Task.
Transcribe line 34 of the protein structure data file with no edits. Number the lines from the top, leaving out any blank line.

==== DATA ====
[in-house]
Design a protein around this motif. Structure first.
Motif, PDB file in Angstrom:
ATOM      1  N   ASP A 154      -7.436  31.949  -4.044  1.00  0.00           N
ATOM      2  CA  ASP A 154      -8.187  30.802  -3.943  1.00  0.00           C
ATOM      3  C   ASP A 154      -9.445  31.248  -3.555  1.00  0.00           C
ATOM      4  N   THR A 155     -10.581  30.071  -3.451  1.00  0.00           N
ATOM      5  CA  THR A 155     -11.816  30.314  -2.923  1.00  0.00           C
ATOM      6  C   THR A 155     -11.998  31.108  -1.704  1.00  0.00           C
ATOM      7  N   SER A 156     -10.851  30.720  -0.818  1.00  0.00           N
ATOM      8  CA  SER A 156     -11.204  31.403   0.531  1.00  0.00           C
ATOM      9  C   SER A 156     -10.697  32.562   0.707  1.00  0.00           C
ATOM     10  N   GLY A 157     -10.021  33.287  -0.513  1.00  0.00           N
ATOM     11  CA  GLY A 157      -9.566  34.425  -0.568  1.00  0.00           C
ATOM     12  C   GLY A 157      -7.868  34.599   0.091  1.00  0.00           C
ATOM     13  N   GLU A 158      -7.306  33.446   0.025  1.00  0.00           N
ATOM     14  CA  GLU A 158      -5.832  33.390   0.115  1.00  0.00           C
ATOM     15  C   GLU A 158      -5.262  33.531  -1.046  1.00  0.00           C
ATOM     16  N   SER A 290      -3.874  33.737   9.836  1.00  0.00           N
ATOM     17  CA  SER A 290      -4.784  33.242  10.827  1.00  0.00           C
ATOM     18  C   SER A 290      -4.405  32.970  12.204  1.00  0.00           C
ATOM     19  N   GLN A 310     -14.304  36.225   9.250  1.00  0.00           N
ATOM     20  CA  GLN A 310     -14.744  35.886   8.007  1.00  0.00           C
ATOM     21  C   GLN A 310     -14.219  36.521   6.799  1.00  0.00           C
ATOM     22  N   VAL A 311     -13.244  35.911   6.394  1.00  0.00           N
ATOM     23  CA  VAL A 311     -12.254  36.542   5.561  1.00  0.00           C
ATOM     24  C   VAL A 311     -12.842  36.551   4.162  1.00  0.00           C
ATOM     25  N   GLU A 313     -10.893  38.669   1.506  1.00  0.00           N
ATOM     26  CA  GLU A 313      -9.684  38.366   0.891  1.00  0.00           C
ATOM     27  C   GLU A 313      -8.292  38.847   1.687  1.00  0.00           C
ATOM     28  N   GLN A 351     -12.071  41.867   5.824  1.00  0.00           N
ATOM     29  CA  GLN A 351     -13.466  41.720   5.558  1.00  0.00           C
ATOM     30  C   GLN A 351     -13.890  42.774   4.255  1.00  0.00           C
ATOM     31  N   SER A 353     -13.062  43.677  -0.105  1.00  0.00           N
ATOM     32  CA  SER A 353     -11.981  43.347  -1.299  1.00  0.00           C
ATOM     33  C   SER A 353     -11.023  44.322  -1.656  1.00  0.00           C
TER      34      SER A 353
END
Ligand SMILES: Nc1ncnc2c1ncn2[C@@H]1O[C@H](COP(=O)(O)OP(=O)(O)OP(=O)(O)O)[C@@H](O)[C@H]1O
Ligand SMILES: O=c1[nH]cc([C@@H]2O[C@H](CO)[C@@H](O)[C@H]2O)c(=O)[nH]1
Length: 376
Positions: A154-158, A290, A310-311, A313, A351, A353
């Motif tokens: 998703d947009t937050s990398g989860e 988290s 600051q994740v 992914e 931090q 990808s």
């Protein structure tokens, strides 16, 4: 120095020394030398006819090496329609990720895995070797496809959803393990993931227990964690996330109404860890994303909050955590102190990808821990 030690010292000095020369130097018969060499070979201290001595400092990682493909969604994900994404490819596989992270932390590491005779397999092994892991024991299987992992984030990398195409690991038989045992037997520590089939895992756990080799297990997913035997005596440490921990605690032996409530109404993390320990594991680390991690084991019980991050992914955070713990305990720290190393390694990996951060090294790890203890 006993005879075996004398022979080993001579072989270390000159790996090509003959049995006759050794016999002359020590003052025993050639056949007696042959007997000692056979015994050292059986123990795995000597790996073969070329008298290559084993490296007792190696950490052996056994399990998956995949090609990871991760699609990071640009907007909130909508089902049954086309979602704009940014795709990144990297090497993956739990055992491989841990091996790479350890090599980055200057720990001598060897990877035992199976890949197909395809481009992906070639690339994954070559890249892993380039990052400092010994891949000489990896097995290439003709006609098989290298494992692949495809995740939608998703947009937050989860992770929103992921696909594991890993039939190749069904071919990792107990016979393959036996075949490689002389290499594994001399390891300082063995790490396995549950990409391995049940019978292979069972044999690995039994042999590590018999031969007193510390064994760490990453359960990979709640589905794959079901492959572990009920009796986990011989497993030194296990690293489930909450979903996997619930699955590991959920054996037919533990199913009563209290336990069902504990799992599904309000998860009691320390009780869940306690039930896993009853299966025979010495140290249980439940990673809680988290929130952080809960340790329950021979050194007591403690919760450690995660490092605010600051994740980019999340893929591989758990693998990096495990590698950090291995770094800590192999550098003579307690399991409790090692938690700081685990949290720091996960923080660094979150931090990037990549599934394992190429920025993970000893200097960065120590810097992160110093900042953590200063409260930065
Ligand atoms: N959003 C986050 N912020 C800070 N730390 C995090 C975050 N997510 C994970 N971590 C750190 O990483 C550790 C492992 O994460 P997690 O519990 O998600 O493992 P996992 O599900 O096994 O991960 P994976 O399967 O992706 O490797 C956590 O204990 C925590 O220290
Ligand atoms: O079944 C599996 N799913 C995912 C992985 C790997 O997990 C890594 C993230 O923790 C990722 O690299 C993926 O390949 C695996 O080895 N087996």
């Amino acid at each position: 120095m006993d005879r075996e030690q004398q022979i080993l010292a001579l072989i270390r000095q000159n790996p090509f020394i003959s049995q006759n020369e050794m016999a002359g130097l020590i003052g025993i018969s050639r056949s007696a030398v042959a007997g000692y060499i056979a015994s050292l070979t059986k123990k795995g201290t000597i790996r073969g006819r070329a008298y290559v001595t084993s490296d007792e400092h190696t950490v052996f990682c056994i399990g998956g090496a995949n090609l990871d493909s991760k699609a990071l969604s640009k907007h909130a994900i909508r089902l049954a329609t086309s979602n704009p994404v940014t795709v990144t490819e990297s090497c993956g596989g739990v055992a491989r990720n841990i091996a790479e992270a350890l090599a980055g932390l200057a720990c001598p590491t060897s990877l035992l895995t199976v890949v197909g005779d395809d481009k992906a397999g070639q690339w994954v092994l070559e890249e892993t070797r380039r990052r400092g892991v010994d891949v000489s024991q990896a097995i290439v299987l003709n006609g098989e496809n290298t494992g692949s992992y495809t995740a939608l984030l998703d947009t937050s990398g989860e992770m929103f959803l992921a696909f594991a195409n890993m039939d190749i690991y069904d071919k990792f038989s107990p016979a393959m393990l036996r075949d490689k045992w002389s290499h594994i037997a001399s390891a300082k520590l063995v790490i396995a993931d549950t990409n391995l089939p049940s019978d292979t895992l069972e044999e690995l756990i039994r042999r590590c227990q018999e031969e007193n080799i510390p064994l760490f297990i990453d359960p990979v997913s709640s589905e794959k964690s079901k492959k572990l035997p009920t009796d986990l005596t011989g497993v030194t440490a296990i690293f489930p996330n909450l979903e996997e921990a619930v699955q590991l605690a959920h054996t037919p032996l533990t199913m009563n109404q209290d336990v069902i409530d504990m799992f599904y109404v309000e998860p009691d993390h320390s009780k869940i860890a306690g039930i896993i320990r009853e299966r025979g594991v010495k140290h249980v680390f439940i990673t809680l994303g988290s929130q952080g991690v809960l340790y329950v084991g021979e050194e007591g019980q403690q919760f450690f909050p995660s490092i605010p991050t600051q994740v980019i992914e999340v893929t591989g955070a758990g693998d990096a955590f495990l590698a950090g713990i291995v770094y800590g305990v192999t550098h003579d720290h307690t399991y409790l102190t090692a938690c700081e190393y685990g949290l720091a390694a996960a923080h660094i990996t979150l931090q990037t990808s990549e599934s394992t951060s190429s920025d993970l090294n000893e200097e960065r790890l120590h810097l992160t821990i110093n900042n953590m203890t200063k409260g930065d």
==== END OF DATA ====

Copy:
ATOM     31  N   SER A 353     -13.062  43.677  -0.105  1.00  0.00           N